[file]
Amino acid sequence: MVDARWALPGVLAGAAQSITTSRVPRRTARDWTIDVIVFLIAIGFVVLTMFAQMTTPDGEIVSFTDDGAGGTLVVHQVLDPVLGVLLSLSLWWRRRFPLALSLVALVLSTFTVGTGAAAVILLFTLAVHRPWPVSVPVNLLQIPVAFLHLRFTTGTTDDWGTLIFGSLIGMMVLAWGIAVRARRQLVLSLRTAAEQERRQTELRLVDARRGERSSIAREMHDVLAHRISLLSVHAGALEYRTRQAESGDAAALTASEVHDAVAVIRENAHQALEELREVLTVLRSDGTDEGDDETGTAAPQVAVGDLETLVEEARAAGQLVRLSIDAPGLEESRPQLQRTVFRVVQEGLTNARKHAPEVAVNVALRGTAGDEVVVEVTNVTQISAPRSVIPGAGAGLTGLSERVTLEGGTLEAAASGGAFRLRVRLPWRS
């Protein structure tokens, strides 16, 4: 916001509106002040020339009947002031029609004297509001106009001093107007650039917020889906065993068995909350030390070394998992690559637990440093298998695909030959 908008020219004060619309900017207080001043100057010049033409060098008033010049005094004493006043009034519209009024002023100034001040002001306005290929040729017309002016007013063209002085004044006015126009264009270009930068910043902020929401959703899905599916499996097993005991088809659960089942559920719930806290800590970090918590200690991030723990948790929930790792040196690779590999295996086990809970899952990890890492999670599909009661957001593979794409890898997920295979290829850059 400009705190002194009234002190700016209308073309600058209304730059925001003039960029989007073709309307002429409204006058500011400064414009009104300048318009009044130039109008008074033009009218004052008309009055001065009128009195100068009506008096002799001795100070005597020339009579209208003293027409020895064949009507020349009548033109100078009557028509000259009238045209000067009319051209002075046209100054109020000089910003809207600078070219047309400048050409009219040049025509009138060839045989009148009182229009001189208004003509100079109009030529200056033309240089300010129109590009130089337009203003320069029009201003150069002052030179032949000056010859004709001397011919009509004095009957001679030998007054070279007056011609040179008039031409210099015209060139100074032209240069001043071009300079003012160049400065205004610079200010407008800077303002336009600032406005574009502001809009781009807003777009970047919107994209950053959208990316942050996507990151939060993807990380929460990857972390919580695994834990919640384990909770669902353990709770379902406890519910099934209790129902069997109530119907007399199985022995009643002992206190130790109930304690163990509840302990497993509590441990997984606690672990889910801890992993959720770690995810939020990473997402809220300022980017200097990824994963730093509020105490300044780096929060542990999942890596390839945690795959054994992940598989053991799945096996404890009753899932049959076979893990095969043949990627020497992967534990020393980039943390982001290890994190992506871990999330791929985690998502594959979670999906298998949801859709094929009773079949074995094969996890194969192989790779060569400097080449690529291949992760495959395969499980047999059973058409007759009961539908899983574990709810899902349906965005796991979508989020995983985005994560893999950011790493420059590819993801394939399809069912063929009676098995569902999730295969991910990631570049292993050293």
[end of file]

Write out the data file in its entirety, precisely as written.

Amino acid sequence: MVDARWALPGVLAGAAQSITTSRVPRRTARDWTIDVIVFLIAIGFVVLTMFAQMTTPDGEIVSFTDDGAGGTLVVHQVLDPVLGVLLSLSLWWRRRFPLALSLVALVLSTFTVGTGAAAVILLFTLAVHRPWPVSVPVNLLQIPVAFLHLRFTTGTTDDWGTLIFGSLIGMMVLAWGIAVRARRQLVLSLRTAAEQERRQTELRLVDARRGERSSIAREMHDVLAHRISLLSVHAGALEYRTRQAESGDAAALTASEVHDAVAVIRENAHQALEELREVLTVLRSDGTDEGDDETGTAAPQVAVGDLETLVEEARAAGQLVRLSIDAPGLEESRPQLQRTVFRVVQEGLTNARKHAPEVAVNVALRGTAGDEVVVEVTNVTQISAPRSVIPGAGAGLTGLSERVTLEGGTLEAAASGGAFRLRVRLPWRS
């Protein structure tokens, strides 16, 4: 916001509106002040020339009947002031029609004297509001106009001093107007650039917020889906065993068995909350030390070394998992690559637990440093298998695909030959 908008020219004060619309900017207080001043100057010049033409060098008033010049005094004493006043009034519209009024002023100034001040002001306005290929040729017309002016007013063209002085004044006015126009264009270009930068910043902020929401959703899905599916499996097993005991088809659960089942559920719930806290800590970090918590200690991030723990948790929930790792040196690779590999295996086990809970899952990890890492999670599909009661957001593979794409890898997920295979290829850059 400009705190002194009234002190700016209308073309600058209304730059925001003039960029989007073709309307002429409204006058500011400064414009009104300048318009009044130039109008008074033009009218004052008309009055001065009128009195100068009506008096002799001795100070005597020339009579209208003293027409020895064949009507020349009548033109100078009557028509000259009238045209000067009319051209002075046209100054109020000089910003809207600078070219047309400048050409009219040049025509009138060839045989009148009182229009001189208004003509100079109009030529200056033309240089300010129109590009130089337009203003320069029009201003150069002052030179032949000056010859004709001397011919009509004095009957001679030998007054070279007056011609040179008039031409210099015209060139100074032209240069001043071009300079003012160049400065205004610079200010407008800077303002336009600032406005574009502001809009781009807003777009970047919107994209950053959208990316942050996507990151939060993807990380929460990857972390919580695994834990919640384990909770669902353990709770379902406890519910099934209790129902069997109530119907007399199985022995009643002992206190130790109930304690163990509840302990497993509590441990997984606690672990889910801890992993959720770690995810939020990473997402809220300022980017200097990824994963730093509020105490300044780096929060542990999942890596390839945690795959054994992940598989053991799945096996404890009753899932049959076979893990095969043949990627020497992967534990020393980039943390982001290890994190992506871990999330791929985690998502594959979670999906298998949801859709094929009773079949074995094969996890194969192989790779060569400097080449690529291949992760495959395969499980047999059973058409007759009961539908899983574990709810899902349906965005796991979508989020995983985005994560893999950011790493420059590819993801394939399809069912063929009676098995569902999730295969991910990631570049292993050293």